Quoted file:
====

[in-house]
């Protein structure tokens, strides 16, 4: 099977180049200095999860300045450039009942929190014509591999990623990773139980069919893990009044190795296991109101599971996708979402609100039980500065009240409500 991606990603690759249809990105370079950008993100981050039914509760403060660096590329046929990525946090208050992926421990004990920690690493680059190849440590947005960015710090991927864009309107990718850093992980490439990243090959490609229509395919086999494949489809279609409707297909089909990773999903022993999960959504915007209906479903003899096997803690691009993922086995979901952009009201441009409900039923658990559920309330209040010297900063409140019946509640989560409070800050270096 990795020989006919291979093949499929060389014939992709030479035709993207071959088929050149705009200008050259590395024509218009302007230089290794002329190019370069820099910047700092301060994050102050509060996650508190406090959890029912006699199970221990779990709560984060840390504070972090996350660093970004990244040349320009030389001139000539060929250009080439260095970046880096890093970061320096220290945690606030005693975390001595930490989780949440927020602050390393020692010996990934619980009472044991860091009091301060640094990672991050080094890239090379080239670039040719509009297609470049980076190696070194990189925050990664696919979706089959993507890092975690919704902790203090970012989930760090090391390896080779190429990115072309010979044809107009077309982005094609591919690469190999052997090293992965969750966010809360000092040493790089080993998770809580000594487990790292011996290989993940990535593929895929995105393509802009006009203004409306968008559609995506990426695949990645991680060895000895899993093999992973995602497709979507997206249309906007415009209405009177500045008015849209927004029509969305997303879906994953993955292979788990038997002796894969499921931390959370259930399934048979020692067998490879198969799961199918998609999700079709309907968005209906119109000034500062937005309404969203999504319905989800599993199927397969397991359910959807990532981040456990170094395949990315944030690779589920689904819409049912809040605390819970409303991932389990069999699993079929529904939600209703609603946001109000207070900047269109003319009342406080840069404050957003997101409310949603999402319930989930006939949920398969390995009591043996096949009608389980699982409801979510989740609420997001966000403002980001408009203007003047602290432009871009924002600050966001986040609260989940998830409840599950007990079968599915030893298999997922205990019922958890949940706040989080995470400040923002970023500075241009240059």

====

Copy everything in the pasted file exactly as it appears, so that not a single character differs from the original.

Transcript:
[in-house]
């Protein structure tokens, strides 16, 4: 099977180049200095999860300045450039009942929190014509591999990623990773139980069919893990009044190795296991109101599971996708979402609100039980500065009240409500 991606990603690759249809990105370079950008993100981050039914509760403060660096590329046929990525946090208050992926421990004990920690690493680059190849440590947005960015710090991927864009309107990718850093992980490439990243090959490609229509395919086999494949489809279609409707297909089909990773999903022993999960959504915007209906479903003899096997803690691009993922086995979901952009009201441009409900039923658990559920309330209040010297900063409140019946509640989560409070800050270096 990795020989006919291979093949499929060389014939992709030479035709993207071959088929050149705009200008050259590395024509218009302007230089290794002329190019370069820099910047700092301060994050102050509060996650508190406090959890029912006699199970221990779990709560984060840390504070972090996350660093970004990244040349320009030389001139000539060929250009080439260095970046880096890093970061320096220290945690606030005693975390001595930490989780949440927020602050390393020692010996990934619980009472044991860091009091301060640094990672991050080094890239090379080239670039040719509009297609470049980076190696070194990189925050990664696919979706089959993507890092975690919704902790203090970012989930760090090391390896080779190429990115072309010979044809107009077309982005094609591919690469190999052997090293992965969750966010809360000092040493790089080993998770809580000594487990790292011996290989993940990535593929895929995105393509802009006009203004409306968008559609995506990426695949990645991680060895000895899993093999992973995602497709979507997206249309906007415009209405009177500045008015849209927004029509969305997303879906994953993955292979788990038997002796894969499921931390959370259930399934048979020692067998490879198969799961199918998609999700079709309907968005209906119109000034500062937005309404969203999504319905989800599993199927397969397991359910959807990532981040456990170094395949990315944030690779589920689904819409049912809040605390819970409303991932389990069999699993079929529904939600209703609603946001109000207070900047269109003319009342406080840069404050957003997101409310949603999402319930989930006939949920398969390995009591043996096949009608389980699982409801979510989740609420997001966000403002980001408009203007003047602290432009871009924002600050966001986040609260989940998830409840599950007990079968599915030893298999997922205990019922958890949940706040989080995470400040923002970023500075241009240059």